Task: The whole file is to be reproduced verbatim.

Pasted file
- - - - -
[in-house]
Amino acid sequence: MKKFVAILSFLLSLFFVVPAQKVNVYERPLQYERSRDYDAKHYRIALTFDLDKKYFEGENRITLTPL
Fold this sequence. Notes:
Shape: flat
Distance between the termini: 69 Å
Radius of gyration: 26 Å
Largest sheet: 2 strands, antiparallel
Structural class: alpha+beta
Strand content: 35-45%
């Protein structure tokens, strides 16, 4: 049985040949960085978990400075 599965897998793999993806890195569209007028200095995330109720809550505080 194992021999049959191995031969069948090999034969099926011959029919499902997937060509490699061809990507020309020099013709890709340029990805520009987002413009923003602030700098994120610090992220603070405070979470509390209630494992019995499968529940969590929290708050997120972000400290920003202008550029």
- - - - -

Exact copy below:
[in-house]
Amino acid sequence: MKKFVAILSFLLSLFFVVPAQKVNVYERPLQYERSRDYDAKHYRIALTFDLDKKYFEGENRITLTPL
Fold this sequence. Notes:
Shape: flat
Distance between the termini: 69 Å
Radius of gyration: 26 Å
Largest sheet: 2 strands, antiparallel
Structural class: alpha+beta
Strand content: 35-45%
């Protein structure tokens, strides 16, 4: 049985040949960085978990400075 599965897998793999993806890195569209007028200095995330109720809550505080 194992021999049959191995031969069948090999034969099926011959029919499902997937060509490699061809990507020309020099013709890709340029990805520009987002413009923003602030700098994120610090992220603070405070979470509390209630494992019995499968529940969590929290708050997120972000400290920003202008550029």